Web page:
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Please close the door and switch on the fun without fail.

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What's going on with #yesGayYA
I have been writing (good) and having health issues (bad), so I've been quieter than I would have liked. However, before I can get to a number of other things, we have a publishing kerfuffle to discuss. Yes, another one. It's gotten pretty bad.

The short overview from the Guardian: YA authors asked to 'straighten' gay characters: Authors say agent offered them book deal conditional on making a character heterosexual.

The long version: Pack a lunch, you'll need itCollapse )

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Thank you for an excellent—and thorough—overview of the two blog posts in question and the ensuing discussion. I'm particularly grateful for the point you make about the difference between "being homophobic" and perpetuating a system that discriminates against LGBTQ YA lit. I have worked in the educational market for more than 30 years, and I have worked on many reading/language arts programs for the K-8 market during that time. Not only is it a given, as far as the publishers are concerned, that the literature in these programs cannot have gay characters, but they can't even reflect biracial families! The dedicated editors who work on these programs are not, for the most part, actively homophobic or racist. However, by accepting this as the norm, we are all party to perpetuating a homophobic and racist society. While educational publishing is WAY more conservative than trade publishing, I think the problem is the same. We in the publishing business shake our heads and bemoan the ignorance and bigotry "out there," but it's not going to change if we accept it as our reality. Granted, we all have to make a living, but we all have to sleep at night, too. Thank you, Rachel and Sherwood, for making us take a good hard look at the problem. We can do better!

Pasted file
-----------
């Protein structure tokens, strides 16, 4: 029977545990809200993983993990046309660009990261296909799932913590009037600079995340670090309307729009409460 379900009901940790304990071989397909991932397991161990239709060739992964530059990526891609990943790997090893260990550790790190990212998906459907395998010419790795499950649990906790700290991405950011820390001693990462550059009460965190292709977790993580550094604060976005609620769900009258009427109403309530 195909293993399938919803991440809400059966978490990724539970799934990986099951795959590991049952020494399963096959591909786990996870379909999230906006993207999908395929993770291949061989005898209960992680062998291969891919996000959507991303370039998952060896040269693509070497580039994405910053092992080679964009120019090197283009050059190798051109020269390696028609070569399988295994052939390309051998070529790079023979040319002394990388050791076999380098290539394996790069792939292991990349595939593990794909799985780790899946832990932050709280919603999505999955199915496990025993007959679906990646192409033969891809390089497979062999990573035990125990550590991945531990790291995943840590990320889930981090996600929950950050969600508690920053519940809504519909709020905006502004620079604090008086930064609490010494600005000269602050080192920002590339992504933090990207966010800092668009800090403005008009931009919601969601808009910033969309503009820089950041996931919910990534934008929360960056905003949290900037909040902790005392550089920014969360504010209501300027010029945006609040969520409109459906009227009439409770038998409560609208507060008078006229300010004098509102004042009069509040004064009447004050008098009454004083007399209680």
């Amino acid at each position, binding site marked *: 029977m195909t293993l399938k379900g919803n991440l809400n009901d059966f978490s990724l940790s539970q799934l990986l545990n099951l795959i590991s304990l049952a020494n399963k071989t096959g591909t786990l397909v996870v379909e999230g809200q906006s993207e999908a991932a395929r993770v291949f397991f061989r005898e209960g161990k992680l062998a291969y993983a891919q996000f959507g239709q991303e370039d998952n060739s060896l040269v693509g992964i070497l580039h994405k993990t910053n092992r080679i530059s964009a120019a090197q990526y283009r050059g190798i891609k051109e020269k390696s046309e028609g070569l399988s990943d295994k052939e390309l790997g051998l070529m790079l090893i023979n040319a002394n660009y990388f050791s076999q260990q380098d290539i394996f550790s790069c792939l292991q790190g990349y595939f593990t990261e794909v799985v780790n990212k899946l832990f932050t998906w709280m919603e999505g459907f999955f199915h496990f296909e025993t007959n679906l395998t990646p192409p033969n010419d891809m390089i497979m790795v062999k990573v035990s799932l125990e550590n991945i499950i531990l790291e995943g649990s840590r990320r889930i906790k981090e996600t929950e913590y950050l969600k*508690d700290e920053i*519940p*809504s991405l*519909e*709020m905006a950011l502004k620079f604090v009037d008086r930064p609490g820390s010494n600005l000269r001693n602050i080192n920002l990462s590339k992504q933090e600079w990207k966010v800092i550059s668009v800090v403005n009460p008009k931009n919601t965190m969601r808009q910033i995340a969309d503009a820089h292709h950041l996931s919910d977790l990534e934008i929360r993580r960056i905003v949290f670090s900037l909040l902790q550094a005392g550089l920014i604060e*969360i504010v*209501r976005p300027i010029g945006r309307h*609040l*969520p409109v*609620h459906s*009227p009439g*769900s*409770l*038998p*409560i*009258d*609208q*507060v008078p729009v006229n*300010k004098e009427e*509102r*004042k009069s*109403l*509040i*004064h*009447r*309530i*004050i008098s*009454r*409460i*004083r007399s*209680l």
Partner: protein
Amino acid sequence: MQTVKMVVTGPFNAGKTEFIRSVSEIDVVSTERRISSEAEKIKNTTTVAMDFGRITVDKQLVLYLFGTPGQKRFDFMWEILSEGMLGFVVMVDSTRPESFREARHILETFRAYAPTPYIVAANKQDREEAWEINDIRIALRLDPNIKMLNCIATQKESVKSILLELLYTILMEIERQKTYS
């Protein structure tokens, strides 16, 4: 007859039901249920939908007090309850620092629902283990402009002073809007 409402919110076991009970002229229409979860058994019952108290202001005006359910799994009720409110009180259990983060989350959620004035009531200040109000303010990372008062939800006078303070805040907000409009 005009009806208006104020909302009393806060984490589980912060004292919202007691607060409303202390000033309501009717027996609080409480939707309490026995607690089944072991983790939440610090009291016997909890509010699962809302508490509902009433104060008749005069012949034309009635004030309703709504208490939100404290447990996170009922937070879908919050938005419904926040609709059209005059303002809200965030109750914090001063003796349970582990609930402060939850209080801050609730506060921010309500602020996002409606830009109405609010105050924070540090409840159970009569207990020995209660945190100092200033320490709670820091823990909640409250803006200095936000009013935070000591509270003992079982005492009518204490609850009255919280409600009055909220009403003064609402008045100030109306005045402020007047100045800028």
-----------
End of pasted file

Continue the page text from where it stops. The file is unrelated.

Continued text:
Thank you for putting all this done and for including more than two povs. :)

Wow, great posting. I caught this through a Metafilter reference, I think. Just to let you know, I only give a rare few articles my full attention and read them all the way to the end.

So thank you for the excellent write-up. It's exceptionally fair and balanced.

And I'm not at all surprised the publishing industry is reluctant to publish ANYTHING that is not perceived as mainstream, especially with so many reactionaries trying to pin our nations ills on minorities, athiests, gays, etc. Money is tight, it's not an easy time to take monetary risks. Even though it'd probably pay-off big in the long time, for the smart publishers.

I recall reading Diane Duane's "The Door Into Fire" for the first time many years ago, and when I realized the protagonist was a Prince rescuing his Prince lover from a castle, I laughed outloud at the cleverness of the joke. I've never really felt uncomfortable reading anything about people different me. I have, however, been bored sometimes and given up reading a book or even an author. If the publishing industry wants to keep making money, STOP BEING BORING.